What is Cross Collateralization?
Cross collateralization is the act of using an asset that’s collateral for an initial loan as collateral for a second loan. If the debtor is unable to make either loan’s scheduled repayments on time, the affected lenders can eventually force the liquidation of the asset and use the proceeds for repayment.
Cross collateralization can be applied to various forms of financing, from mortgages to credit cards.
Cross collateralization involves using an asset that’s already collateral for one loan as collateral for a second loan.
The loans can be of the same type, as in a second mortgage, but cross collateralization also includes using an asset, such as a vehicle, to secure another sort of financing, such as a credit card.
Cross collateralization allows people to effectively leverage their existing assets, have a simpler loan process, and possibly get a better interest rate.
Cross collateralization clauses can easily be overlooked, leaving people unaware of the multiple ways they might lose their property.
How Cross Collateralization Works
Cross collateralization is the process of using an asset that is already being pledged as collateral to secure another loan. In their simplest form, cross-collateral loans involve using an asset to secure one loan while simultaneously securing another loan as well. Cross collateralization can be used against different types of loans, including, but not limited to:
- Mortgage loans
- Personal loans
- Commercial loans
- Credit card debt
However, cross collateralization is the most commonly used in real estate or other large assets, such as automobiles. For example, an individual with a mortgage loan on their principal residence can use their house as cross collateralization to secure a car loan. The lender for the car loan will likely be more comfortable with the borrower if they’ve pledged the value of their house as collateral. The process can be applied to various types of financing, such as credit cards or personal loans.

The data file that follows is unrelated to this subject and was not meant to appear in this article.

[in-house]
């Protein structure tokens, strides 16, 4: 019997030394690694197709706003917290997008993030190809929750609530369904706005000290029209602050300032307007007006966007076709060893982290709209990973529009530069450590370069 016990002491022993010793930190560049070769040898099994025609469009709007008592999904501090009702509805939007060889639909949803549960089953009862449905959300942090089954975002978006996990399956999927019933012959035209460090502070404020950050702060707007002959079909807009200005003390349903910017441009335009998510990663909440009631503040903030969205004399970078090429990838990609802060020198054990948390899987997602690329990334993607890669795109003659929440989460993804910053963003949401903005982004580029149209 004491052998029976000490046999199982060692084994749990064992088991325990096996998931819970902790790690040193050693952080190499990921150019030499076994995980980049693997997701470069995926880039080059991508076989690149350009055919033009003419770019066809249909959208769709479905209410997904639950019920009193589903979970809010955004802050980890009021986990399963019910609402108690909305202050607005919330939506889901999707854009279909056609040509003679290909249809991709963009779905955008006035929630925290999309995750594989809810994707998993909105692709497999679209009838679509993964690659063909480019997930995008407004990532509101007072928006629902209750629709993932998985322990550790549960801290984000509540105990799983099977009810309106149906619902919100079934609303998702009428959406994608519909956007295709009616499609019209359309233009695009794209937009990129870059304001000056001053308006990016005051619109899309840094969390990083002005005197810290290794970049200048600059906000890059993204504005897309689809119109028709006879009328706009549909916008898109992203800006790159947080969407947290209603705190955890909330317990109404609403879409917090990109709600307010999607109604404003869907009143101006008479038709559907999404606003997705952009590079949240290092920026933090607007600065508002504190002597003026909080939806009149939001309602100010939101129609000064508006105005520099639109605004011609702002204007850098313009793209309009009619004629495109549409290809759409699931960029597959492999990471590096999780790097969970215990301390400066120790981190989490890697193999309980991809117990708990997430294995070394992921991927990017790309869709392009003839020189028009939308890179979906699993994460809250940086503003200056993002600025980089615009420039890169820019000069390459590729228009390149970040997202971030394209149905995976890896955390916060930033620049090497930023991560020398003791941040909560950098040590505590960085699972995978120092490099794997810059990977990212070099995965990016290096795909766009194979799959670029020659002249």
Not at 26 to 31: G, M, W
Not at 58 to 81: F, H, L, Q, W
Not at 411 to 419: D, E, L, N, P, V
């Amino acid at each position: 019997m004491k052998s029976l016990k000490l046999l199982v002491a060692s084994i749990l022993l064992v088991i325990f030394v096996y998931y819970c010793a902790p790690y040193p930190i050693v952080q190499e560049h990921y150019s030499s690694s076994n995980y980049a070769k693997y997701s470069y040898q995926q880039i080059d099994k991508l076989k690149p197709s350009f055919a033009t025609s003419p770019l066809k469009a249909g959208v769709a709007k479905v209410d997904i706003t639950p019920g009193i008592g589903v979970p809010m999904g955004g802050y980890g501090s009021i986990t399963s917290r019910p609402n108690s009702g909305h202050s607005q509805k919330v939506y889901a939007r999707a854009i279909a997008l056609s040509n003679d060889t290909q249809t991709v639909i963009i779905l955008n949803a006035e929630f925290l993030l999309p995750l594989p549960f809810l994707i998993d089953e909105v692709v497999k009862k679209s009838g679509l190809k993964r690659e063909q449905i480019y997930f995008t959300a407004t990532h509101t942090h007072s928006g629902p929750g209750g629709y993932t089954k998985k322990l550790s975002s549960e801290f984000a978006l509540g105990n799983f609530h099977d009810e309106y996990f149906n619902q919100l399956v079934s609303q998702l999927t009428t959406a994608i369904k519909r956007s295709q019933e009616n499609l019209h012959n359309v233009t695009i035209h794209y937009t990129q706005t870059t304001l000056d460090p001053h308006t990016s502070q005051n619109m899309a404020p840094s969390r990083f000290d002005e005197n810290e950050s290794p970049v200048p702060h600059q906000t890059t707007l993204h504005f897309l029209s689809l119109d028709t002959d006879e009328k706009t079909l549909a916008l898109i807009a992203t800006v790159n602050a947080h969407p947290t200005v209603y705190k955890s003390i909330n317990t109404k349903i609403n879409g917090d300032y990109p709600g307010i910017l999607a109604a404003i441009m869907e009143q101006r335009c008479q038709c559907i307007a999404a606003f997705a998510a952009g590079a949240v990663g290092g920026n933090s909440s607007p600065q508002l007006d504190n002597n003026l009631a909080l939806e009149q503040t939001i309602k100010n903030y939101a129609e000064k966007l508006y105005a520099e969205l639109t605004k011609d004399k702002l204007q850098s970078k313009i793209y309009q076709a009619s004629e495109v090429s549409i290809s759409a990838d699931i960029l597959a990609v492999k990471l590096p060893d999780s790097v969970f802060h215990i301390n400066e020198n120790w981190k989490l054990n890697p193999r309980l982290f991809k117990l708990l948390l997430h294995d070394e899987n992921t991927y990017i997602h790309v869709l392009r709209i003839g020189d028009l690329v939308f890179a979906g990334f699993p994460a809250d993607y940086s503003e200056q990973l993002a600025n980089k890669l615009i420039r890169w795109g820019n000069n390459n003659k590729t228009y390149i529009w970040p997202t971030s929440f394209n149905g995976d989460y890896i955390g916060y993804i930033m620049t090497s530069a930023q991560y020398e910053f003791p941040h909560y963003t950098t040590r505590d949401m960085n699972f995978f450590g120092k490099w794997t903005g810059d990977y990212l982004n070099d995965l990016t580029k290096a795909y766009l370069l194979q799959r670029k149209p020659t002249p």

Is Cross-Collateralization Legal?
Cross collateralization is legal and fairly common, but a lender is required to inform you that cross-collateralization is occurring.
If you take out multiple secured loans from the same lender, like a bank, it might use the same collateral, making your assets cross-collateralized. You must legally consent to this, but do your due diligence in reading over any loan agreement. Be especially aware of “dragnet clauses” where a lender can pursue your asset if you used it for collateral for any loan with the lender.
“Lenders cannot use your business’s property as collateral without your consent,” writes Shawn Grimsley in the Houston Chronicle. “Lenders obtain your consent to cross-collateralization through a dragnet clause, which may allow the lender to use the collateral for any loans or other obligations your business may owe the lender.”
Is a Cross-Collateral Loan Right for Your Business?
Any kind of financing, from credit card debt to bank loans, comes with risk. As a responsible borrower, it is your job to understand the risks and rewards of the financing you qualify for before taking on the debt of an installment loan.
While a cross collateralization loan may save you money on interest, it can also jeopardize the assets you’ve worked hard to accumulate in the event of default.
Often, the better prepared you are, the better your odds of getting a loan. Business owners who know and understand their business credit scores, for example, are 41% more likely to be approved for a loan.
Nav can help you track your business credit and find financing offers that you’re more likely to qualify for. Sign up for a Nav account to start tracking your business credit scores and find your best business loan or business credit card options today.